BY ANGELINA MARTIN


209 Business Journal file photo
Valley Milk in Turlock was named Food Engineering Magazine’s Plant of the Year for its dedication to sustainability and quality.

Valley Milk in Turlock has been up and running for just over 11 months and already, the state-of-the-art milk processing plant is winning awards.

Valley Milk’s forward-thinking facility this week was named Food Engineering Magazine’s 2019 Plant of the Year for its commitment to sustainability and quality, joining past winners like Kraft Heinz and Frito-Lay as recipients of the award which honors companies who set new standards for innovative and eco-friendly design and construction.

“It’s a really big honor for us,” CEO Patti Smith said. “It’s been a good morale booster, too. Everyone gets to come to work and know that they’re working for not only a great company, but a company that’s been recognized for their facility.”

The recognition comes just before Valley Milk’s first birthday as the plant first began commercial operations in February 2018.

“To be able to start this company as a whole new entity and start winning awards shows you that you’re moving in the right direction and there’s longevity there,” Smith said. “I think it’s a true testament to a lot of the hard work that was put into the design and planning of Valley Milk as a new business.”

Valley Milk was founded by five Central Valley dairy families from Stockton to Chowchilla, who chose to build the milk processing plant in the Turlock Regional Industrial Park because of its central location, quick access to the Port of Oakland and the City’s willingness to work with the company, Valley Milk chairman and founding family member Don Machado said at the facility’s groundbreaking ceremony in April 2016.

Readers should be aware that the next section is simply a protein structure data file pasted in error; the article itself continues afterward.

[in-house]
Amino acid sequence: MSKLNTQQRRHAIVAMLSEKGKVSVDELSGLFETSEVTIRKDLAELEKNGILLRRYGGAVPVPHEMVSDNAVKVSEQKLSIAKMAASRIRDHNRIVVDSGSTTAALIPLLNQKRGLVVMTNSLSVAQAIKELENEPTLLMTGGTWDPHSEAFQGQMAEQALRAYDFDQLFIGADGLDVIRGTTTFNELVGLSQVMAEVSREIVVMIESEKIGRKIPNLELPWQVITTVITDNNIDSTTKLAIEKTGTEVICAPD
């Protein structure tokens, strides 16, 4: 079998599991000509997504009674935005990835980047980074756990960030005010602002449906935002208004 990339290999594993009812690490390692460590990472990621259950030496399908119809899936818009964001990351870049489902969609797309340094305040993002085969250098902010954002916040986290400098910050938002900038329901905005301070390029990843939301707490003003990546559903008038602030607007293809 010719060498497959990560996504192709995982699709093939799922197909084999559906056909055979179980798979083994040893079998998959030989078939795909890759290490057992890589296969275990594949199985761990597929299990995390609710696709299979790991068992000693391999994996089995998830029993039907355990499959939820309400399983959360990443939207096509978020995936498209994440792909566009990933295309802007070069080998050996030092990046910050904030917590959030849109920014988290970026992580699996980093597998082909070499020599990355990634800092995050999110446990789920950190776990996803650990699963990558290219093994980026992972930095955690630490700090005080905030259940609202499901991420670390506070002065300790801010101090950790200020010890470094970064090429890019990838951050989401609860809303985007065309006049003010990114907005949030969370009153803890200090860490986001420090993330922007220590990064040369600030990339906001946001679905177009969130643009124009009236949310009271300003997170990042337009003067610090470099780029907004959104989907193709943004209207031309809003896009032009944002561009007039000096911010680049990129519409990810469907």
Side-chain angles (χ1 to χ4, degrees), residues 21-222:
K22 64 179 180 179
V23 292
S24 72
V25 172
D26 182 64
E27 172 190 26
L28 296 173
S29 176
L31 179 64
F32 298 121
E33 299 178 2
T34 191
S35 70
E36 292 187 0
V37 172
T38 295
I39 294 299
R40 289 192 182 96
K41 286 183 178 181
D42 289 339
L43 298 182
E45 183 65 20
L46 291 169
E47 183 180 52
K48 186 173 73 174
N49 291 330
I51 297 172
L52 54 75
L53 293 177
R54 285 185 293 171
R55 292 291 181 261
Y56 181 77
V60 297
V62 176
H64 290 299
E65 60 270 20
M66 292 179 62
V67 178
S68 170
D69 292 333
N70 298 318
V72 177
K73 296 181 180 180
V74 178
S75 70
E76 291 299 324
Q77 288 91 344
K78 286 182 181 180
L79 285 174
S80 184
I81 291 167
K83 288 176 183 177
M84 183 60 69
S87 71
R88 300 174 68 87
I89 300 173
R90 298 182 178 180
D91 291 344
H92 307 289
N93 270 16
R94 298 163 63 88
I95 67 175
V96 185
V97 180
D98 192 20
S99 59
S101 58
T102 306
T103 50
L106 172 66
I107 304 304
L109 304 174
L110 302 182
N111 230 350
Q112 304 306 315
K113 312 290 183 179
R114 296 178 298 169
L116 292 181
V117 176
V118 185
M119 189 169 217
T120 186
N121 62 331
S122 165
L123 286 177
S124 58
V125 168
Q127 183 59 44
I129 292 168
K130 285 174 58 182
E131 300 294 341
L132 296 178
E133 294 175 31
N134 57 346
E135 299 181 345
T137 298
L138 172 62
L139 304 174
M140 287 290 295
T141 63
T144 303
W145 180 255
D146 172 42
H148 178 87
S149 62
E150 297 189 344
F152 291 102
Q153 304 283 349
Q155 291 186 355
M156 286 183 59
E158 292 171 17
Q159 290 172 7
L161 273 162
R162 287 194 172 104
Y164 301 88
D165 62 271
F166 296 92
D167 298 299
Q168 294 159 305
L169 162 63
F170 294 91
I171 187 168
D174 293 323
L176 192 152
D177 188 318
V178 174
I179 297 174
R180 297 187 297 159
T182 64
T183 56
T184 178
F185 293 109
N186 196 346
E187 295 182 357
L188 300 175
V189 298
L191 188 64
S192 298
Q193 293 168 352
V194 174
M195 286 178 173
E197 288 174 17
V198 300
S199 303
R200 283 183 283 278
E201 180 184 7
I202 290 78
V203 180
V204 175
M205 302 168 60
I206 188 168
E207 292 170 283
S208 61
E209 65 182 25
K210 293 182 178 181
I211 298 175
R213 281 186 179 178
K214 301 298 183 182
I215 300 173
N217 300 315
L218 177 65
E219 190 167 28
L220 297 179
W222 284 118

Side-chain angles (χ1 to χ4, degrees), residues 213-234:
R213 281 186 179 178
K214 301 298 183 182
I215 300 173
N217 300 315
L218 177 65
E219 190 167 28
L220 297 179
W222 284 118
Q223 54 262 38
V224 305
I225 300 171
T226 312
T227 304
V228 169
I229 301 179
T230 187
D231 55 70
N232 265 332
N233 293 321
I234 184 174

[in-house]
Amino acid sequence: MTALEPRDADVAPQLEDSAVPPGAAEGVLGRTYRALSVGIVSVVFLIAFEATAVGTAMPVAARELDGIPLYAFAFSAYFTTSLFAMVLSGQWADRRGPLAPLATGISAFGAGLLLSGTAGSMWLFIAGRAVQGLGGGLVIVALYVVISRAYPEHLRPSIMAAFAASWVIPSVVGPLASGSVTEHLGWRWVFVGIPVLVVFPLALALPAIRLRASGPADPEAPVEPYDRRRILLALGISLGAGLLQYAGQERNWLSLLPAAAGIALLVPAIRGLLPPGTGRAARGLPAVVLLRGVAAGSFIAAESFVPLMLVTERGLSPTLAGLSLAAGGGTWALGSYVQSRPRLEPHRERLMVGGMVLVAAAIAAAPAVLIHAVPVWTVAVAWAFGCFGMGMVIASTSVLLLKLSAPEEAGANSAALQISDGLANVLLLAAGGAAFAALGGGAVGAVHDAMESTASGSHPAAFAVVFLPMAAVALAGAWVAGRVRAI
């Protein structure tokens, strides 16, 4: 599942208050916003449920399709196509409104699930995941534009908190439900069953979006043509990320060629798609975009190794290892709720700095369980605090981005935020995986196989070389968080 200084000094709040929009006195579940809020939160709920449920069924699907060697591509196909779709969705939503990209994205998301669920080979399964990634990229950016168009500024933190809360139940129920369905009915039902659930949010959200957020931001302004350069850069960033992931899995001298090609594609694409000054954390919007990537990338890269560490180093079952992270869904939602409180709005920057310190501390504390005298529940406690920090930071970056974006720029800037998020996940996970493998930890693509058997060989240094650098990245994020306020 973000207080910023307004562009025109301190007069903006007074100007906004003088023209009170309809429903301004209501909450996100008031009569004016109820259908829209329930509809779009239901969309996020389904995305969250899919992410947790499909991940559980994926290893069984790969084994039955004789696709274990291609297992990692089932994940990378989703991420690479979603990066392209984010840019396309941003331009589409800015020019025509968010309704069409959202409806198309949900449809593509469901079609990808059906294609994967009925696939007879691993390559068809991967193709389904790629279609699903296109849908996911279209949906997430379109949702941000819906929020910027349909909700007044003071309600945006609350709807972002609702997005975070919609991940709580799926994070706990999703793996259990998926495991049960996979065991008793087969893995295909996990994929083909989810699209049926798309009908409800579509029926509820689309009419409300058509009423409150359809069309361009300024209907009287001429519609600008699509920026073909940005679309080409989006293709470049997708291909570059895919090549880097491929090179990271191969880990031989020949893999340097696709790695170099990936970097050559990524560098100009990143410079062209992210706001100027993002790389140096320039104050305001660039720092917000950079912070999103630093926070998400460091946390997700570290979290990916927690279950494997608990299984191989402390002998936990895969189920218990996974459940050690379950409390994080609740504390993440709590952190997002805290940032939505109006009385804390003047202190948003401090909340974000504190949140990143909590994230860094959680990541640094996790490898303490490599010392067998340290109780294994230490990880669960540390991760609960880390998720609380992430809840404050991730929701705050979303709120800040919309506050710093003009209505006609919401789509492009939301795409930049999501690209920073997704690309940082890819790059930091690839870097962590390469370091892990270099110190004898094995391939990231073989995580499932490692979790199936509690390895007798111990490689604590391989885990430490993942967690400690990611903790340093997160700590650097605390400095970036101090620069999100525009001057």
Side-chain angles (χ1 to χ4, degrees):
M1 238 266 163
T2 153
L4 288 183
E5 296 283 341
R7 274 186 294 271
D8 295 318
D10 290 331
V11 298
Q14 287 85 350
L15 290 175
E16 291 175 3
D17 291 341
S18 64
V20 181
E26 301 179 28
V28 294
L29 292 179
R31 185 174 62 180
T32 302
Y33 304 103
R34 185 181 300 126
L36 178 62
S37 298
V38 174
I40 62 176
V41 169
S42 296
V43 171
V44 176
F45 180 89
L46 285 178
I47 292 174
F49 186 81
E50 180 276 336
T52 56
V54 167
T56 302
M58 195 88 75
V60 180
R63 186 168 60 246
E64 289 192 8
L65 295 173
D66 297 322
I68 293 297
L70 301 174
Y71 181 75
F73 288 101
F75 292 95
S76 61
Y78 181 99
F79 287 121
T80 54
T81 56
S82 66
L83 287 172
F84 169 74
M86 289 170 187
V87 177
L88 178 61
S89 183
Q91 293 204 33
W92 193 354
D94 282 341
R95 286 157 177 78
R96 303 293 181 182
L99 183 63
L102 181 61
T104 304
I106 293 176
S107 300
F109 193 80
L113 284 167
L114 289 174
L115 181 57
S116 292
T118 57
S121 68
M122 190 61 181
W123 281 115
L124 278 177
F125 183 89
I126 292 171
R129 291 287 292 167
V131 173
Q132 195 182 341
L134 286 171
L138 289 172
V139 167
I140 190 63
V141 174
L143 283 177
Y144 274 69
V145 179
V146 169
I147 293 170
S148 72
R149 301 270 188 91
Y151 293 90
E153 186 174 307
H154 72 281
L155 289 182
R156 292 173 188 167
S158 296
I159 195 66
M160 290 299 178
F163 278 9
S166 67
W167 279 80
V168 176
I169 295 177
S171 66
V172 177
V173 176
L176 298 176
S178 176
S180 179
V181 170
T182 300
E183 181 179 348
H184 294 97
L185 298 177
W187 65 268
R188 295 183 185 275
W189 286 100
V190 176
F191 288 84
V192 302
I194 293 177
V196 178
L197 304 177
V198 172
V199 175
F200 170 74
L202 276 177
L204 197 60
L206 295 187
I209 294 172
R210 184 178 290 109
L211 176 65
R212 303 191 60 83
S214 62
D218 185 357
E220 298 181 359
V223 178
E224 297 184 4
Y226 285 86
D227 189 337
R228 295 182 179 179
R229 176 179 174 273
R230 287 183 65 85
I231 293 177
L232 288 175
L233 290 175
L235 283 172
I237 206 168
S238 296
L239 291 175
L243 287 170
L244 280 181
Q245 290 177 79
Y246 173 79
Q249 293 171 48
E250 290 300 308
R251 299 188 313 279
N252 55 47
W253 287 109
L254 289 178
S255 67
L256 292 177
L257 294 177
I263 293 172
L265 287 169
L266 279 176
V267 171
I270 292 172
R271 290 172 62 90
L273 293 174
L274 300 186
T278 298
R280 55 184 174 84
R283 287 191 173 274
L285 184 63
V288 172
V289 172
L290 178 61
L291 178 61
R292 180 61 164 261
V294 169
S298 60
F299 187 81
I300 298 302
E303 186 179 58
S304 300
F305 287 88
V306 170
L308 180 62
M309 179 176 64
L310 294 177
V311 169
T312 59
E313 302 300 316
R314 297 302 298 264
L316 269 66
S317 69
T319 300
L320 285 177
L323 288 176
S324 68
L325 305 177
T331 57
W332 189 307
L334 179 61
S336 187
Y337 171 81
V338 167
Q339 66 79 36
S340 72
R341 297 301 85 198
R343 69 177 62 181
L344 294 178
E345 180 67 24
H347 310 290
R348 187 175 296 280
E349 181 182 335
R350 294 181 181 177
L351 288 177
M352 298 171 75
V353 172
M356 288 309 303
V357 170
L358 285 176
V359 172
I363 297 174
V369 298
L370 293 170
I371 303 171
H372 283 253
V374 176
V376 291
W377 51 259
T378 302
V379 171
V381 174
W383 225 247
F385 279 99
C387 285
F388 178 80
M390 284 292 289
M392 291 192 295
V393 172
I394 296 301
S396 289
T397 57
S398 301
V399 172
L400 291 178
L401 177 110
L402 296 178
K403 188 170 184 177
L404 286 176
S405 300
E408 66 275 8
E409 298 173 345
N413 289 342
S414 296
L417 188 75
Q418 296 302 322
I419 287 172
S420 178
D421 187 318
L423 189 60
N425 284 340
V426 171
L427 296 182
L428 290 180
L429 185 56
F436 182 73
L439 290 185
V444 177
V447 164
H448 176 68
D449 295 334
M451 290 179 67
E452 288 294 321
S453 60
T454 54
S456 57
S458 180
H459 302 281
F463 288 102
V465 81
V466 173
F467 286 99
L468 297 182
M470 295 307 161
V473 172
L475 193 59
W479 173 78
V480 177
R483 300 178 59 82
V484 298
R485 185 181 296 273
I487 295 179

It took three years of planning to see Valley Milk’s plant come to life, Smith said, which was designed and built by Shambaugh & Son, L.P., an EMCOR company. The facility processes 2.5 million pounds of milk every day, or 50 tanker loads, which is turned into powdered milk to be sold both internationally and domestically for use in products like cake mix and confectionary candy.

“There’s longevity there,” Smith said. “We’ve put things in place to really support the future growth of Valley Milk.”

It was both the plant’s innovative, automated operations and conservation strategies which attracted Food Engineering’s attention, Smith explained. Technological advancements allow the plant to run 24/7, 365 days a week with fewer employees, with robotics turning a plant that would typically require 100 workers into one which employs around half of that.

From a sustainability standpoint, Valley Milk is incredibly water and energy efficient. The plant retreats water extracted from milk to be used again, making the facility entirely self-sufficient when it comes to water. Valley Milk also not only meets but exceeds California’s strict water and energy regulations — rules the design team kept in mind when planning the facility for both legal and personal reasons. Water is important to both the State of California and Stanislaus County, Smith explained, making its conservation key.

A changing global attitude surrounding conservation also contributed to the facility’s plans, she added.

“We’re supplying global customers and it’s not just about food quality anymore,” Smith said. “It’s about all aspects of the operation, like what you’re doing with water, what you’re doing with energy or what’s your carbon footprint. It’s all of those things now.”

Valley Milk also wanted to ensure a lasting legacy for the company when designing the facility, and Smith believes the new title of Plant of the Year proves they achieved just that.

“This award recognizes us for doing it right the first time and building something that’s going to support itself moving forward,” she said. “You’re not just building for what the regulations are today; you’re building for the future.”